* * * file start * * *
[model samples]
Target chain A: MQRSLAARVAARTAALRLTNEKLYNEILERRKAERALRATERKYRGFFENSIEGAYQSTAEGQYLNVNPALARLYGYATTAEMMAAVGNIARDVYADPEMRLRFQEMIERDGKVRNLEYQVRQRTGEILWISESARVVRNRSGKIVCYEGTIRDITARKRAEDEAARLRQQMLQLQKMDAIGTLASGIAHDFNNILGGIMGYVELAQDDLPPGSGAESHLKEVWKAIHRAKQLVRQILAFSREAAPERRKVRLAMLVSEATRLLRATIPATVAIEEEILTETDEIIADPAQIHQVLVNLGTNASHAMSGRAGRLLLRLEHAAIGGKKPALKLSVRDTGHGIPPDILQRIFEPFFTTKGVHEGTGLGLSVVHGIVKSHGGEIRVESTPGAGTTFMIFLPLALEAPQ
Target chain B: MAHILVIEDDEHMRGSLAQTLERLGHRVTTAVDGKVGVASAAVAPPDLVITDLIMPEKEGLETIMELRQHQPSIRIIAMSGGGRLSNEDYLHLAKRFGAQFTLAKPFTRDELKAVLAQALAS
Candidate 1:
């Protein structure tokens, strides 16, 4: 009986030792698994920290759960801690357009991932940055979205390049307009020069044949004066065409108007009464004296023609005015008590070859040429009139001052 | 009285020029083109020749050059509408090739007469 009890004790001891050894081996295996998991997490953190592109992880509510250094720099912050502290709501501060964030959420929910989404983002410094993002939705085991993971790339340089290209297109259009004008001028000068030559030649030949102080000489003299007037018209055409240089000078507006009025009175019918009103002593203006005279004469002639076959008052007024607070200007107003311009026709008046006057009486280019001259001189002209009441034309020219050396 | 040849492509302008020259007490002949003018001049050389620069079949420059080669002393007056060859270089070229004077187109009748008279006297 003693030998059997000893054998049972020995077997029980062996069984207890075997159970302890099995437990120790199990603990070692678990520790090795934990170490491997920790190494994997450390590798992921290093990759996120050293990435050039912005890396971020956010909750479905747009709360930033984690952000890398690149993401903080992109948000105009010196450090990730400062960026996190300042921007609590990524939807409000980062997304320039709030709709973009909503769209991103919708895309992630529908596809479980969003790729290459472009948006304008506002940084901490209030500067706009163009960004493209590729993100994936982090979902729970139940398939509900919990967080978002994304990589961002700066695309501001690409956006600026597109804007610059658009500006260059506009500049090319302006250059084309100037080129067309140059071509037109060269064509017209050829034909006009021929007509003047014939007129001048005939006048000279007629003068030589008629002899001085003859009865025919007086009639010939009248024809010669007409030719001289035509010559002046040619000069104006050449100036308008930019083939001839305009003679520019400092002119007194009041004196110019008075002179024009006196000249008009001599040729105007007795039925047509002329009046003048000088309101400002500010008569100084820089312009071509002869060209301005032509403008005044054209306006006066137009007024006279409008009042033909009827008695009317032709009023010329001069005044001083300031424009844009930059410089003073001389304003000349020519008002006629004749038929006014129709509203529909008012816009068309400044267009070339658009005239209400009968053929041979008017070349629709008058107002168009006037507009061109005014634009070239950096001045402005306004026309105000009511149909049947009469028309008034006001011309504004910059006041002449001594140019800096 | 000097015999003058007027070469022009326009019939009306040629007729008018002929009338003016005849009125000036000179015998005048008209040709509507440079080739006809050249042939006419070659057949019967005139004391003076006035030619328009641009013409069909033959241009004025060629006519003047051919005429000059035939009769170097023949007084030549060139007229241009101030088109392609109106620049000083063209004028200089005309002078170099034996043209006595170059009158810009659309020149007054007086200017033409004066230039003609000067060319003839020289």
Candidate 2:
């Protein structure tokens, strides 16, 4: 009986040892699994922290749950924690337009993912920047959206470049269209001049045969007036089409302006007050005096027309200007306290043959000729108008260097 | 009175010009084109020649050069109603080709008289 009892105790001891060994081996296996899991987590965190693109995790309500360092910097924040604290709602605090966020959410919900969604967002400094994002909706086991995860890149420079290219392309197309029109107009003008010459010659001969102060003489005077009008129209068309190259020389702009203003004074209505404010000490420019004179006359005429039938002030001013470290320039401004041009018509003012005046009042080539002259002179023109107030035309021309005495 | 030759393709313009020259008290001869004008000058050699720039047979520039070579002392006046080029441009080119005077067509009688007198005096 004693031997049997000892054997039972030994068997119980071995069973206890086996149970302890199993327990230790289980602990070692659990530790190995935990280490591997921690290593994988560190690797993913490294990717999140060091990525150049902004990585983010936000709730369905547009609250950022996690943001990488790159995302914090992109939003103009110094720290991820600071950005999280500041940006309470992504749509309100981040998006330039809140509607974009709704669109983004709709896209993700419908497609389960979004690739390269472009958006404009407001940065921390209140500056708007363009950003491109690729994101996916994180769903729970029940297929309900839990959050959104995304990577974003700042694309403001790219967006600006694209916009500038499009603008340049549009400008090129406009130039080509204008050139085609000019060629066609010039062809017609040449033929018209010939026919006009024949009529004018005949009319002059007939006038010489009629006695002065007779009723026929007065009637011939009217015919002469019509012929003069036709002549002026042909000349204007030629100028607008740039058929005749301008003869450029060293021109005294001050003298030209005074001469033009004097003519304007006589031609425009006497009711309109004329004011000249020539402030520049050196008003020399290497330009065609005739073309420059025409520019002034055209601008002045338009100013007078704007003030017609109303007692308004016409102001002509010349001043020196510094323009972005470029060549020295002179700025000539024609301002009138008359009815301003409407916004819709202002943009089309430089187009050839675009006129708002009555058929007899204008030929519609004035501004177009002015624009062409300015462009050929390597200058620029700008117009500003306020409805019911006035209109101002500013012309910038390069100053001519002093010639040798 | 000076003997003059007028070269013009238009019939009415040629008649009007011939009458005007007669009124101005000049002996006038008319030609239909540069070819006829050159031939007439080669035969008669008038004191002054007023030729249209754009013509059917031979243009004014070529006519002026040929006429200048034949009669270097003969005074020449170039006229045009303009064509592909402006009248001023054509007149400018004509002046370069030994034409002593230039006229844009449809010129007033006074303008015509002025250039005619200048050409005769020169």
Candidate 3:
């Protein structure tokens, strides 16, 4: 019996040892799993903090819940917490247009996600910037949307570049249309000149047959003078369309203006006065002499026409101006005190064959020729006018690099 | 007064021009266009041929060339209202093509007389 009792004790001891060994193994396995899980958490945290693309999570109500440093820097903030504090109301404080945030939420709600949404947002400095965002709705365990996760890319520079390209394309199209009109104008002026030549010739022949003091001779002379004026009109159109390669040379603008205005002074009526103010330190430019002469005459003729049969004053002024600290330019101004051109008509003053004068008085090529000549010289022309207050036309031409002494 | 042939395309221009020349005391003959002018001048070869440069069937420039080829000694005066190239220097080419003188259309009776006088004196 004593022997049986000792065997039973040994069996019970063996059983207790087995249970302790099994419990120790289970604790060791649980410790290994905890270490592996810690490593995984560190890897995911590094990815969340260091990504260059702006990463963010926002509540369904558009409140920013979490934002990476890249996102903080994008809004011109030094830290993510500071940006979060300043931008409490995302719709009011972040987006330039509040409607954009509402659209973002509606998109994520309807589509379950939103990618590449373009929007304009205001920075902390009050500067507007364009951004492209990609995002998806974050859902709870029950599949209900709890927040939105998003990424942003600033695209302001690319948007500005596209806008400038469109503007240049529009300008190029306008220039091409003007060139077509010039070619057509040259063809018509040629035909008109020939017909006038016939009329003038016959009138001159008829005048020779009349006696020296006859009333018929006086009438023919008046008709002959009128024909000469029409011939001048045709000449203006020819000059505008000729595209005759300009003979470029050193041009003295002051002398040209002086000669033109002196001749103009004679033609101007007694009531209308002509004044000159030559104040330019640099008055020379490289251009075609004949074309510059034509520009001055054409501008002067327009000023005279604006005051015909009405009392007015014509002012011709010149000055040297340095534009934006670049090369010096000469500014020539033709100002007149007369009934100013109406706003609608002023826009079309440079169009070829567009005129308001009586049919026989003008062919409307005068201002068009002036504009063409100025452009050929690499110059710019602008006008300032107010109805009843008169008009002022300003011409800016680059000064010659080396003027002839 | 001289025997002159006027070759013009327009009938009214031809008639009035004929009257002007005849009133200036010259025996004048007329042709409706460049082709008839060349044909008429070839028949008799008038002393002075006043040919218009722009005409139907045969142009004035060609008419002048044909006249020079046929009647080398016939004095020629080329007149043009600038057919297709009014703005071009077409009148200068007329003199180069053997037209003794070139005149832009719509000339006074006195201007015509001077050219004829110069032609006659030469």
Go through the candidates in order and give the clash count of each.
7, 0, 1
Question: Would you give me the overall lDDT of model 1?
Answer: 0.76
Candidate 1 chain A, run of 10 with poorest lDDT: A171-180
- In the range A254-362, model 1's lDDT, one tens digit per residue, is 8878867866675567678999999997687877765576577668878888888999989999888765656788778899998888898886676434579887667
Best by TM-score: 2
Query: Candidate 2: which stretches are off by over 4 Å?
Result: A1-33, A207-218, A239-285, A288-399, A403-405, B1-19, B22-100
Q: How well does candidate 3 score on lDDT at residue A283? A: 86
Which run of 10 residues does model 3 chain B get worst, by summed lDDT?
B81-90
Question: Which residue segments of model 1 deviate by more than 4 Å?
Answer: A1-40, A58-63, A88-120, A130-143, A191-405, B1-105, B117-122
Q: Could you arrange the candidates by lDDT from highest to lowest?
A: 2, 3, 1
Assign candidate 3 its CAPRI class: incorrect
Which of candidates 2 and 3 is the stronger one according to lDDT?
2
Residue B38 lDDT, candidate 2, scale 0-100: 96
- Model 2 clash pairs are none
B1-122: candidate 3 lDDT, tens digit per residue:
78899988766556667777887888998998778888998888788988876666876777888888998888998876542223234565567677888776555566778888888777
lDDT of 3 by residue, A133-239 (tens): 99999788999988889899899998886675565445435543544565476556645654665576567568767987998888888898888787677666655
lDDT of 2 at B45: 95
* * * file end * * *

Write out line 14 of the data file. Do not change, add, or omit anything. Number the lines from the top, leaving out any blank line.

Candidate 1 chain A, run of 10 with poorest lDDT: A171-180